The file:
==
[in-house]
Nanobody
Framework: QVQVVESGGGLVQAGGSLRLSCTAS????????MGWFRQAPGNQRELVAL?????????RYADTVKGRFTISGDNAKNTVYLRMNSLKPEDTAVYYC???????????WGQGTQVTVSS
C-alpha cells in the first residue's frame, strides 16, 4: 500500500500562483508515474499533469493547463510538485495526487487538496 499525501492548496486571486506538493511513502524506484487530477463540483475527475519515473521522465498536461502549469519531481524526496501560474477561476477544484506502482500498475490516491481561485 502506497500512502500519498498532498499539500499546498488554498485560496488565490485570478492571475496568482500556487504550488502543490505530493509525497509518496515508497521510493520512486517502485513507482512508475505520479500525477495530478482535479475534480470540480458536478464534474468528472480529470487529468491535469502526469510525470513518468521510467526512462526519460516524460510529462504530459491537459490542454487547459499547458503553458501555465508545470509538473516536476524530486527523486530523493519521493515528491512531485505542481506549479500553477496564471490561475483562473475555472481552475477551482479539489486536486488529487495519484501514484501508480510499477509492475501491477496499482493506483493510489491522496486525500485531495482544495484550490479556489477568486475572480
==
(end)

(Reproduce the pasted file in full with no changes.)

[in-house]
Nanobody
Framework: QVQVVESGGGLVQAGGSLRLSCTAS????????MGWFRQAPGNQRELVAL?????????RYADTVKGRFTISGDNAKNTVYLRMNSLKPEDTAVYYC???????????WGQGTQVTVSS
C-alpha cells in the first residue's frame, strides 16, 4: 500500500500562483508515474499533469493547463510538485495526487487538496 499525501492548496486571486506538493511513502524506484487530477463540483475527475519515473521522465498536461502549469519531481524526496501560474477561476477544484506502482500498475490516491481561485 502506497500512502500519498498532498499539500499546498488554498485560496488565490485570478492571475496568482500556487504550488502543490505530493509525497509518496515508497521510493520512486517502485513507482512508475505520479500525477495530478482535479475534480470540480458536478464534474468528472480529470487529468491535469502526469510525470513518468521510467526512462526519460516524460510529462504530459491537459490542454487547459499547458503553458501555465508545470509538473516536476524530486527523486530523493519521493515528491512531485505542481506549479500553477496564471490561475483562473475555472481552475477551482479539489486536486488529487495519484501514484501508480510499477509492475501491477496499482493506483493510489491522496486525500485531495482544495484550490479556489477568486475572480